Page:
Extreme Lateral Interbody Fusion (XLIF) is a relatively new and advanced approach to spinal fusion surgery. During this procedure, the patient is positioned on their side, and the spine is accessed from the side of the body, in what is known as the lateral approach. This is different from traditional methods of spinal surgery, which access the spine either from the front of the body (anteriorly) or back of the body (posteriorly). This lateral approach allows surgeons to access the space between each spinal disc without cutting through the major muscles, tissues and organs of the back and abdomen.
For patients suffering from spinal conditions such as instability or improper motion between the vertebrae from L2-L5, XLIF is the best option to relieve nerve root compression and correct spinal deformities.
When must XLIF be performed?
A person with the following disorders that require lumbar fusion may opt for this advanced procedure:
- Degenerative scoliosis
- Disc degeneration
- Low-grade spondylolisthesis
- Herniated disc
- Spinal deformity
How is this surgery performed?
XLIF is an endoscopic spine surgery performed with microsurgery tools and techniques. This surgery takes about an hour to complete. It’s generally performed under general anesthesia so the patient is asleep during the procedure.
Nerves leaving the spinal column are usually close to the psoas muscle and may run over it. The psoas muscle is a large muscle that extends from the lower spine, wraps around the pelvic area, and attaches to the hip. Surgeons utilize electromyography (EMG) to avoid damage to the nerves. EMG provides surgeons with real-time information about the nerve position relative to the instruments. This enables the surgeons to ensure that no nerve is damaged or compromised during this procedure.
Steps of the procedure
- After the patient has been put under general anesthesia, the patient is positioned on the side of their body. The surgeon uses an X-ray to identify the disc that has to be removed.
- Once the disc is located, the surgeon will mark the skin directly above the disc with a marker.
- The surgeon will then make a small incision in the flank (the flank is the lower back region of the trunk located between the hips and lower ribs).
- The surgeon will use a finger to separate the peritoneum from the abdominal wall. The peritoneum is a sac that covers and protects the organs of the abdomen.
- A second incision will be made on the side of the patient’s body, and a tube-like instrument called a tubular dilator will be inserted.
- An X-ray will be used to ensure that this dilator is positioned precisely over the intervertebral disc.
- Then a blunt tool such as a probe is inserted into the psoas muscle to separate it.
- A retractor tool is then used to allow access to light and instruments in the disc space.
- Once the surgeons have direct access to the disc space, the standard discectomy (removing intervertebral disc) can be performed with the tools designed to cut and remove the disc.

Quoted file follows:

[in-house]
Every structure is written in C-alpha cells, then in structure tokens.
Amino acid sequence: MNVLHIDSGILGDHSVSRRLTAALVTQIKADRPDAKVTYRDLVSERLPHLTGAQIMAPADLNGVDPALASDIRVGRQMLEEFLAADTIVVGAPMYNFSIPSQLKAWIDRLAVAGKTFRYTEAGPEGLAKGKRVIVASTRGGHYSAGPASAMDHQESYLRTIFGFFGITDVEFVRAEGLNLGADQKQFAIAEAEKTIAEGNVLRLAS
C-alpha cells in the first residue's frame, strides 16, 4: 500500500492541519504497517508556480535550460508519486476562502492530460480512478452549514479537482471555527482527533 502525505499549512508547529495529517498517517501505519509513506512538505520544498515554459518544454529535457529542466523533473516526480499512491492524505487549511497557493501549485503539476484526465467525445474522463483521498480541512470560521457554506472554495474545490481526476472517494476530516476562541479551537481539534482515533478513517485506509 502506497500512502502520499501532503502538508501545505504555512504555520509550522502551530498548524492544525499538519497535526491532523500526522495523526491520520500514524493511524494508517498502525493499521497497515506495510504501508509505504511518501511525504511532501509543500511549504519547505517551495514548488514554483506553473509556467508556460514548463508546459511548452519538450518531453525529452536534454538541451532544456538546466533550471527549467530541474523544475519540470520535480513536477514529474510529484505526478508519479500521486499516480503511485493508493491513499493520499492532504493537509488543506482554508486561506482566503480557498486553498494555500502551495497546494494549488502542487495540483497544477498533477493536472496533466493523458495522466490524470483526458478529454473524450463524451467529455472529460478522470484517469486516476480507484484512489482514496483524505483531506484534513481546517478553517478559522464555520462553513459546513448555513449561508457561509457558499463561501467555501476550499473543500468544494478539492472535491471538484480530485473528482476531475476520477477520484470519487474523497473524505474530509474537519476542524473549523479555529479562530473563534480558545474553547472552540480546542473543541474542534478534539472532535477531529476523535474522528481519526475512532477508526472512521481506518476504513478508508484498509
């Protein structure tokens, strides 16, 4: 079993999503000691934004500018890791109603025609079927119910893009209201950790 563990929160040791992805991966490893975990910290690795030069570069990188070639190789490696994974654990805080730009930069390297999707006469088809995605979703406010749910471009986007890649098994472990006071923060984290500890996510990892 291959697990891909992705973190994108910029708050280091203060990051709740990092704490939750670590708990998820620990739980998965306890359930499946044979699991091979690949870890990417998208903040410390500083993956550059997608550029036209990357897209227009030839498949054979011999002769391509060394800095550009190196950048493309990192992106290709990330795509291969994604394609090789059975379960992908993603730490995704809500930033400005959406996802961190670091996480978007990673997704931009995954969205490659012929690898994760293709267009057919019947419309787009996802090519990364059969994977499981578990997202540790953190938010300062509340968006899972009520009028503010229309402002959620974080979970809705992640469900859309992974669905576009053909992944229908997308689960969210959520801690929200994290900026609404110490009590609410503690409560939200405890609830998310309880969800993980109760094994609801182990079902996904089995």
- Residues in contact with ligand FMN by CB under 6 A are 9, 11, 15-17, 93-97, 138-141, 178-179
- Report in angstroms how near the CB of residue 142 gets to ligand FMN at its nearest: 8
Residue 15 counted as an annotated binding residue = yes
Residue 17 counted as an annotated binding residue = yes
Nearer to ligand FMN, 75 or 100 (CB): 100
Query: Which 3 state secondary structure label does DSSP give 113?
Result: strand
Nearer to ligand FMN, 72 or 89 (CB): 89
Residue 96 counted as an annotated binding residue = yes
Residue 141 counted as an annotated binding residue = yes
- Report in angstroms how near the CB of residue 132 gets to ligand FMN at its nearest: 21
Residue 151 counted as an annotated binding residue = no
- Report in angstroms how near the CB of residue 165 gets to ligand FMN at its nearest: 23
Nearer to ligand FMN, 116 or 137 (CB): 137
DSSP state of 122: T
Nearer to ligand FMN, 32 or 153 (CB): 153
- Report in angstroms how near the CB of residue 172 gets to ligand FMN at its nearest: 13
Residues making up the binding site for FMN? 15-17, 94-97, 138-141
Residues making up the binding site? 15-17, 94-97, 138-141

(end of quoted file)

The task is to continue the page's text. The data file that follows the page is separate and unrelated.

- A spacer containing bone graft material will then be placed into the disc area. The spacer holds the vertebrae properly and helps with the fusion process.
- Surgeons use an X-ray image to ensure the implant is correctly placed. The retractor is removed, and the small incisions are closed with a few stitches and a bandage.
- In some conditions, the surgeon may opt for additional support such as rods, plates or screws to provide spinal stability after XLIF surgery.
As XLIF is a standalone procedure, the recovery is relatively rapid compared to traditional methods. After the surgery, the patient will be moved to the postoperative recovery area to monitor their vital signs closely. Most patients are discharged from the hospital within 24 hours after the surgery.
After discharge, the patient will have several follow-up checkups with their surgeon to assess their progress. The medical team will advise the patient as to all of their required pain medications, activities for the physical therapy, and their timeline for resuming your normal daily activities.
Benefits of XLIF Surgery
- Patients experience less pain as the back muscles, ligaments and vessels are left undisturbed due to the lateral approach.
- This procedure has a quick recovery time as compared to traditional methods.
- The whole procedure is completed within an hour, so patients have a shorter stay at the hospital.
- Blood loss, scarring and tissue damage are minimized as only small incisions are made in this procedure.
- Patients can often walk on the day of the XLIF procedure.
Potential Risks and Complications
Like any other surgical procedure, XLIF has certain risks and complications. However, these risks have the lowest chance of occurring in XLIF compared to conventional methods.
- Muscle weakness
- Failure of fusion
- Persistent pain
- Injury to blood vessels
- Injury to the spinal cord or nerve
- Deep vein thrombosis (clotting)
- Urinary tract infection
Discover the Benefits of XLIF Surgery at SRO Spine Center
Dr. Christian Athanassious is the medical director of SRO’s Spine Center and is a recognized leader in the field of both non-operative and operative care of spinal conditions. Read more…
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